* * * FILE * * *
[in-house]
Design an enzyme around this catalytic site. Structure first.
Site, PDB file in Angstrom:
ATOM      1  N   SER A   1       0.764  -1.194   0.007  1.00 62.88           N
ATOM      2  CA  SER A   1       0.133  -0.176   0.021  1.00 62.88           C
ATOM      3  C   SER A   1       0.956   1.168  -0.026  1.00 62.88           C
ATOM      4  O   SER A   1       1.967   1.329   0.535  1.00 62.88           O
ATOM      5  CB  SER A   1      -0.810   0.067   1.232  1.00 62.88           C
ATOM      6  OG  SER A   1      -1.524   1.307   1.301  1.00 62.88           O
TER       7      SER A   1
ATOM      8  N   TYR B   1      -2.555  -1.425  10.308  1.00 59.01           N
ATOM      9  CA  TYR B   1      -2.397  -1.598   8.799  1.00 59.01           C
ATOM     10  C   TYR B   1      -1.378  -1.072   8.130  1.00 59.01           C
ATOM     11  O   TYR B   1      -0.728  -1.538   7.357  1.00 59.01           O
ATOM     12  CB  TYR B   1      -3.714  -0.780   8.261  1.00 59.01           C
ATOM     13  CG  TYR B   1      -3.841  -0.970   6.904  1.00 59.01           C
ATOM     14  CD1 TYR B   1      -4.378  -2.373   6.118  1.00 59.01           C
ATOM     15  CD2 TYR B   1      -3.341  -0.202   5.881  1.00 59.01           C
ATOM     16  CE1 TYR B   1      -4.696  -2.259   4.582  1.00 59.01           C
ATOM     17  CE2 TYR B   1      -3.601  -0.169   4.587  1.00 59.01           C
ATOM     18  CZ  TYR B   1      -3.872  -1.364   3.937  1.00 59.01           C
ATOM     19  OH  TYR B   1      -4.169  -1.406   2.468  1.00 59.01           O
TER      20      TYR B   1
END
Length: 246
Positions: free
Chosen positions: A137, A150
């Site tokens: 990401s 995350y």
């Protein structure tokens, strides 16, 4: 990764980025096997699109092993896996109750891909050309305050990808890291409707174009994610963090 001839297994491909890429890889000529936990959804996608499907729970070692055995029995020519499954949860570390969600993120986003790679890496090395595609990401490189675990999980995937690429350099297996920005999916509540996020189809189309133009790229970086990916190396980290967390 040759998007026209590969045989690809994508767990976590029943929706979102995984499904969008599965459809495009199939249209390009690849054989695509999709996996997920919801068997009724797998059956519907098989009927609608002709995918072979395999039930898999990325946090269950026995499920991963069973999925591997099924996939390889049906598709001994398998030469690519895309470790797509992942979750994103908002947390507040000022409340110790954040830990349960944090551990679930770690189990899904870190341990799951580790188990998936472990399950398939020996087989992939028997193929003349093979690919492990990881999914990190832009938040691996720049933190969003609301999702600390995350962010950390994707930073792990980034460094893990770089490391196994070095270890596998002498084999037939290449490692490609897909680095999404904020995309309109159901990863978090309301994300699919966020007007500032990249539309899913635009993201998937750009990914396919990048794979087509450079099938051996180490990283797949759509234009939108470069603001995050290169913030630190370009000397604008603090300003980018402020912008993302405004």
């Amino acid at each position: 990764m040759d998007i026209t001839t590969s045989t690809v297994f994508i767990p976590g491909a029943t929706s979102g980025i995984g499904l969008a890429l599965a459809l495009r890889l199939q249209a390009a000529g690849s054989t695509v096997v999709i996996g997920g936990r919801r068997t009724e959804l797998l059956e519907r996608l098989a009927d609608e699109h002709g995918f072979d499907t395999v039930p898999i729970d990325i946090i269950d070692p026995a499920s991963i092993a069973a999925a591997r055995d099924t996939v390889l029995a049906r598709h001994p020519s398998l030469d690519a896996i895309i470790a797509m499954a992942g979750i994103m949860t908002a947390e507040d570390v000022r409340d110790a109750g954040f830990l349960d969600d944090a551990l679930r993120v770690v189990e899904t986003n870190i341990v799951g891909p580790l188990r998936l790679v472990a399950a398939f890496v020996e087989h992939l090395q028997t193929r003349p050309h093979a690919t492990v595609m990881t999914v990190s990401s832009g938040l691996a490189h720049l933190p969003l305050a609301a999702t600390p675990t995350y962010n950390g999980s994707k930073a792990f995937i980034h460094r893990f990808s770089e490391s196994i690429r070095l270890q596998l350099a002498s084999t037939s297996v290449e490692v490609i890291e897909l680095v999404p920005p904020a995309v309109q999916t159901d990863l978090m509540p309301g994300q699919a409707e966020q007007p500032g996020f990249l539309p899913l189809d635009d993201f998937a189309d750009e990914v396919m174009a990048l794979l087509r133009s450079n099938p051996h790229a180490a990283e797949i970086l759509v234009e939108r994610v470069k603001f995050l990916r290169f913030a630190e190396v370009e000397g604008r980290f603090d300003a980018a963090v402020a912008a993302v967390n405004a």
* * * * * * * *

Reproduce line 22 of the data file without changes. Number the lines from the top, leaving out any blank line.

ATOM     19  OH  TYR B   1      -4.169  -1.406   2.468  1.00 59.01           O